Meta’s Threads is fun and friendly, but won’t land you a job – yet


While Meta promises that Threads will host ‘positive, productive’ conversations, the jury’s still out on whether it will be of any use to jobseekers or those looking to boost their career profile. — Reuters

Meta Networks Inc’s Threads app has exploded on the digital scene in its first few days, topping 100 million users, many of whom have extolled the platform’s warm vibes especially compared with rival Twitter Inc.

But while Meta promises that Threads will host “positive, productive” conversations, the jury’s still out on whether it will be of any use to jobseekers or those looking to boost their career profile.

“It’s brand new. There’s some ambiguity as to what it really is,” said Jennifer Davis, a marketing and strategy executive who’s worked at Amazon.com Inc and other technology firms and is looking for a new role.

With senior-level jobs scarce in tech, Davis, 49, is eyeing industrial and manufacturing companies. An early adopter of Twitter and an avid LinkedIn user, Davis joined Threads last week to check it out. Will she use it to job hunt? “Probably not,” she said. “If I aspired to be a media influencer, that’s one thing. But in the c-suite, it’s all about thought leadership. I find that happens more on LinkedIn.”

There’s no doubt Threads has made a splash since its July 5 launch, quickly becoming the top free app on Apple. Online searches for the term soared 1,430% between July 5 and July 7, according to Google Trends, and even on Twitter, sentiment for tweets containing the phrase “Join Threads” was 85% positive, according to an analysis by Semrush, a digital marketing company. The platform lets users post, add images and short videos.

Over the past decade, Twitter has been the watercooler of the Internet. Now, with Threads, “if everyone is congregating at this watercooler, even temporarily, you want to be in that mix, especially for those who have been laid off,” said Lia Haberman, a media executive who teaches social-media and influencer marketing. “It’s a unique time to say, ‘I don’t know what I’m doing but I’m figuring it out – just like everyone else’.”

For the career-focused, Threads has pros and cons. With fewer users and less noise (no ads) compared to more established platforms, it’s easier to get noticed by employers or leaders in your field, who might be more receptive to your posts and outreach thanks to the site’s inviting format. “There’s an air of possibility on Threads,” Haberman said.

Threads easily imports your followers from Meta’s sister app Instagram, but there’s a downside: That list skews more personal than professional for many users. The lack of hashtags and direct messaging also makes finding and communicating with like-minded groups a challenge so far. (Instagram head Adam Mosseri has said such enhancements are on the to-do list.)

For those looking to get hired or network, Microsoft-owned LinkedIn still dominates, with 930 million members, more than 700,000 companies looking to hire and oodles of career-related content. (Notably, LinkedIn hasn’t bothered to create a Threads account yet.) For workers already dealing with technology overload, there’s natural apprehension about adding yet another app to our daily routine.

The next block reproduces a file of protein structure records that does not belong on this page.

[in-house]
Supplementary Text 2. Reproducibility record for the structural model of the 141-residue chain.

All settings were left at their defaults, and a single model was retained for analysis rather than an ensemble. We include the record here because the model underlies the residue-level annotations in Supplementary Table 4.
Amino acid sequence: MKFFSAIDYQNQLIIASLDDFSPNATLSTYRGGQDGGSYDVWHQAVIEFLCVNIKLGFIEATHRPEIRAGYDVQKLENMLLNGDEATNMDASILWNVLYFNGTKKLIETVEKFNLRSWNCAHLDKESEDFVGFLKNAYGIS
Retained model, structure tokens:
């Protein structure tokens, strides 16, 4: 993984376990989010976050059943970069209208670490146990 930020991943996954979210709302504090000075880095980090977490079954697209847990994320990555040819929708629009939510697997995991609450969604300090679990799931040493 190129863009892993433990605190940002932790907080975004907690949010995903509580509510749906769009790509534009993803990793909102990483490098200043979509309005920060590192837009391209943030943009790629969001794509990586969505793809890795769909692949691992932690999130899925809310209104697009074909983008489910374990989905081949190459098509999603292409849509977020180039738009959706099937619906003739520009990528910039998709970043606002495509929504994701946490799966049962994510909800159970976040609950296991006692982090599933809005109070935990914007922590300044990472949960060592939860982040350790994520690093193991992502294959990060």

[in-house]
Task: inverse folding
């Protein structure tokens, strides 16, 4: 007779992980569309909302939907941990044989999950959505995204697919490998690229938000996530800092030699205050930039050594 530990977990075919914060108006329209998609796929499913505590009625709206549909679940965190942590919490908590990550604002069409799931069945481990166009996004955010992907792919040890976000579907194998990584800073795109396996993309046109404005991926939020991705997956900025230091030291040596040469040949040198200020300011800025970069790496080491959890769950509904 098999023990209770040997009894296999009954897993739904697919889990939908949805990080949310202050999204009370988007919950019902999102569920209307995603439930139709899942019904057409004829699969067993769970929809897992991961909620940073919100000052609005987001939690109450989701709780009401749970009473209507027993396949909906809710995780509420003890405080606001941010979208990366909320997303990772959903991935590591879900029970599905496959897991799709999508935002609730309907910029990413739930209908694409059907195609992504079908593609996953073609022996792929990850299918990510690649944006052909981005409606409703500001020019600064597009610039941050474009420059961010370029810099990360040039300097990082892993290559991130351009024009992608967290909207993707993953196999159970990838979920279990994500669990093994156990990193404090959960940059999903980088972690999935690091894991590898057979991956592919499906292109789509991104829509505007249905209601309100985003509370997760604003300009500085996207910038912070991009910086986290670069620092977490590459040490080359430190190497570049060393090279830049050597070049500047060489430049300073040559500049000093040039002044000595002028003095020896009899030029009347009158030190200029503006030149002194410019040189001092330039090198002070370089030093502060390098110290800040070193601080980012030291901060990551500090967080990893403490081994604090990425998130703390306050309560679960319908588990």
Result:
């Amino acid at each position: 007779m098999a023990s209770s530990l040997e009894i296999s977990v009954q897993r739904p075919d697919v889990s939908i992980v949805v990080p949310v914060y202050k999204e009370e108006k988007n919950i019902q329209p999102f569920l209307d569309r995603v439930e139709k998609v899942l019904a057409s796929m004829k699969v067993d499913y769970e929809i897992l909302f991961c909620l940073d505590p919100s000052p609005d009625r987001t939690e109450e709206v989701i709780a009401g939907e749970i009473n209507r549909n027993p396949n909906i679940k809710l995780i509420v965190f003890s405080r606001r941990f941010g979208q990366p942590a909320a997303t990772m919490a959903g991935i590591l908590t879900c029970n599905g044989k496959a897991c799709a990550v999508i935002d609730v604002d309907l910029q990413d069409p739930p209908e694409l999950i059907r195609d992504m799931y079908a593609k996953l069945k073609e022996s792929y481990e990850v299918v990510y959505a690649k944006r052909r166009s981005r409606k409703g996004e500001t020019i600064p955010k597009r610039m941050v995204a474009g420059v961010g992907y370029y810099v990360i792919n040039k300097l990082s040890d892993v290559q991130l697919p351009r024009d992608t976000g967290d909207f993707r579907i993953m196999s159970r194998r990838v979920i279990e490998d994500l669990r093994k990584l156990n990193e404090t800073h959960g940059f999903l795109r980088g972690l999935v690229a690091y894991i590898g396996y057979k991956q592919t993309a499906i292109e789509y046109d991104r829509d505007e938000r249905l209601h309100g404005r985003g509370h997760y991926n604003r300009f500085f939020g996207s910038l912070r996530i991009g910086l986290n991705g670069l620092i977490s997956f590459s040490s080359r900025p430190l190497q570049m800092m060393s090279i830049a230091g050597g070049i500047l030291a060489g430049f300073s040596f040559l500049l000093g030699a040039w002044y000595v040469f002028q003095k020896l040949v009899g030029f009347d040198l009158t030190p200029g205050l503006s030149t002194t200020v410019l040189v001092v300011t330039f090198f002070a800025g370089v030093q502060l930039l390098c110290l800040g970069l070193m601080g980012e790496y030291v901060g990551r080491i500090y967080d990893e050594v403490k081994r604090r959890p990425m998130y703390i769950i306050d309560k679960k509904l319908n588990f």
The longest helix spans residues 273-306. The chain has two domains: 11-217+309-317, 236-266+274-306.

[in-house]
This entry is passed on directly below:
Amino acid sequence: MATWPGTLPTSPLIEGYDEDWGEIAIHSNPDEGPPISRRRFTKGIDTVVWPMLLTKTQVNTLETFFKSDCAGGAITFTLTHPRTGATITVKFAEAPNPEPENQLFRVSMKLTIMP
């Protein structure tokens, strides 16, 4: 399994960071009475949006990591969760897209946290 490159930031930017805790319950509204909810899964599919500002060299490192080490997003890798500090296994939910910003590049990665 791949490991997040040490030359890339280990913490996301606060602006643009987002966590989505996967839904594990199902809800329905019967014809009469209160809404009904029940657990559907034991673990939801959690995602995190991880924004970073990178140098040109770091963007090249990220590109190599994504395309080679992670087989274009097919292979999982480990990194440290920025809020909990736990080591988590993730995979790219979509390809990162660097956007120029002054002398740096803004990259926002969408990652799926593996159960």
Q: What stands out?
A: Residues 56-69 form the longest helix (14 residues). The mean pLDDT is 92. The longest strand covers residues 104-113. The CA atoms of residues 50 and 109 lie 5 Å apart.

“Right now there isn’t really a professional angle on this app,” said Sho Dewan, founder of career site Workhap. “In time there will be more professional conversations but for now, the content is tailored for casual topics.”

For professionals who want to test Threads out, or simply have FOMO, experts have some pointers. It’s smart to create a Threads profile that’s unique from your Instagram, said career advisor Jess Wass, especially if you’re looking to rebrand yourself. In that case, use your bio as an elevator pitch, showcasing what you bring to the table. Similarly, your posts shouldn’t mirror what you’re saying on LinkedIn, which affords far more than Threads’ 500 characters, so be pithy.

Posts that are both informational and entertaining do well, according to executive career strategist Sarah Johnston. Observe what resonates – not just from bigshots but those with a smaller following, career coach Maggie Mistal advises. Identify key contacts, and find them on other platforms if they’re not yet on Threads.

The emergence of ByteDance-owned TikTok as a work-related forum, with people posting funny videos of the daily grind or searing accounts of their bad layoff experience, is proof that a platform without a clear career bent can resonate with professionals. But again, each platform is unique. “The advantage of TikTok is that the video format humanises a person – you get your heartstrings pulled,” Wass said. “On Threads, you have to have a clear story, so be more thoughtful about how you’re communicating what you need.”

That said, don’t limit your Threads persona to career climbing. Even LinkedIn has become more personal of late as the pandemic blurred boundaries between life and work, with users posting about mental-health challenges, social justice concerns and even their love life.

Used wisely, threads can help those who need to change their career narrative, or rebrand themselves professionally. Diana Levy, a former Hollywood writer, plans to use it in her pivot to politics and social activism, which includes running for office and reviving the local newspaper in her New Jersey township of Tewksbury.

“Twitter is such a dumpster fire, it’s not worth going over there,” she said. “I’ve always used Instagram as a storytelling space. Now with Threads, it’s so much easier to tell a story with images.” – Bloomberg

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